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Apple spotlights Entrepreneur Camp alumni app developers

L-R: Jenny Xu of Run Legends, Edna Martinson of Boddle Learning, and Jo Aggarwal of Wysa

Marking five years of its Entrepreneur Camp development program, Apple has highlighted three creators who are working to solve real-world problems through the App Store.

The 2023 Entrepreneur Camp was split into two parts with one week for under represented business founders, and one for female founders. In both cases, the aim of the online event is to promote diversity and inclusivity in the technology industry.

In a new profile of successful Camp alumni, Apple says that its "ethos [is] that apps for everyone should be made by everyone." The three women profiled range across AI, fitness and education.

Creating apps to make a better world

Entrepreneur Camp 2019 alumni Jo Aggarwal, is the CEO and founder of Wysa. It's an emotionally intelligent chatbot, written with therapists, that has helped millions of people across 95 countries.

"We set out to solve for global mental health and give people a safe space to work through their thoughts and emotions, building resilience irrespective of stigma, race, gender, access to a therapist, or diagnosis," said Aggerwal. "Language can also be a barrier, and in an effort to make Wysa's support more inclusive, we are launching Wysa in Spanish to create more equitable access to marginalized communities."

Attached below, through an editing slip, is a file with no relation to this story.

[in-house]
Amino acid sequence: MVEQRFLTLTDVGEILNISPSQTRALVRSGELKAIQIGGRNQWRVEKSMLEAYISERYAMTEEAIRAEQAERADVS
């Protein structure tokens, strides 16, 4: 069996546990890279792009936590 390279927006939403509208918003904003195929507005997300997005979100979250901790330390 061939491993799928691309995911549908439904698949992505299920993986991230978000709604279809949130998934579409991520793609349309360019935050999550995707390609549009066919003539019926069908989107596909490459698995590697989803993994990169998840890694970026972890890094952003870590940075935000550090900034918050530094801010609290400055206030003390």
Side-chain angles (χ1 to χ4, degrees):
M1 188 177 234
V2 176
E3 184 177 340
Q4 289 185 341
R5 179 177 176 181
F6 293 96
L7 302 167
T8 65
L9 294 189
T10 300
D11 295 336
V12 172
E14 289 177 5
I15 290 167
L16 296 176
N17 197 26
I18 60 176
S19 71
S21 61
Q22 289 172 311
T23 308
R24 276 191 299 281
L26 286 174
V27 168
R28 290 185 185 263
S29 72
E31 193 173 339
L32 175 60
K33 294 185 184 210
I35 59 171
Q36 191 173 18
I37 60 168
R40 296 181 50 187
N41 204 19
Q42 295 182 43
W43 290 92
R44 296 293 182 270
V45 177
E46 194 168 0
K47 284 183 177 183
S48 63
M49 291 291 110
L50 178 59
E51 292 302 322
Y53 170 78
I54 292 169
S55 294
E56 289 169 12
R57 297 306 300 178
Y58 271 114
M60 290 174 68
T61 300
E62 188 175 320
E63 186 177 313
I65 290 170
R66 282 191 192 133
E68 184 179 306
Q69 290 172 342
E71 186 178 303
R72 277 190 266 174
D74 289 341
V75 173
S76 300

Then 2022 graduate Jenny Xu, created the game Run Legends, which fuses together her passions for gaming and running.

"When I started out in the gaming industry," said Xu, "I felt like I was the only one doing what I was doing... I grew up playing a lot of story-based interactive fiction — artistic games that make you come away having learned something about life, and I think that's a genre that's predominantly popular with women."

"With Run Legends, even though it's a battle game, it isn't a game that makes people feel really aggressive when they're playing it — they can feel empowered," she continued. " Now that I've raised some money and shipped some games, I try to give back and show that it's possible to build games that aren't just shooters, but games that actually make the world a better place."

Lastly, Edna Martinson from the 2023 Entrepreneur Camp's intake, developed an education app called Boddle to help "tackle learning gaps and boost [children's] confidence in the classroom."

"My perspective as a woman in this field has really shaped our team and how we connect with our community, especially since most elementary school teachers that we serve are women," says Martinson. :We've had a blast doing virtual career days on Zoom, showing kids how we made Boddle, and introducing them to game design."

"It's super rewarding to see the excitement on little girls' faces when they find out a woman cofounded Boddle," she continues. "It shows them they can be leaders in tech too."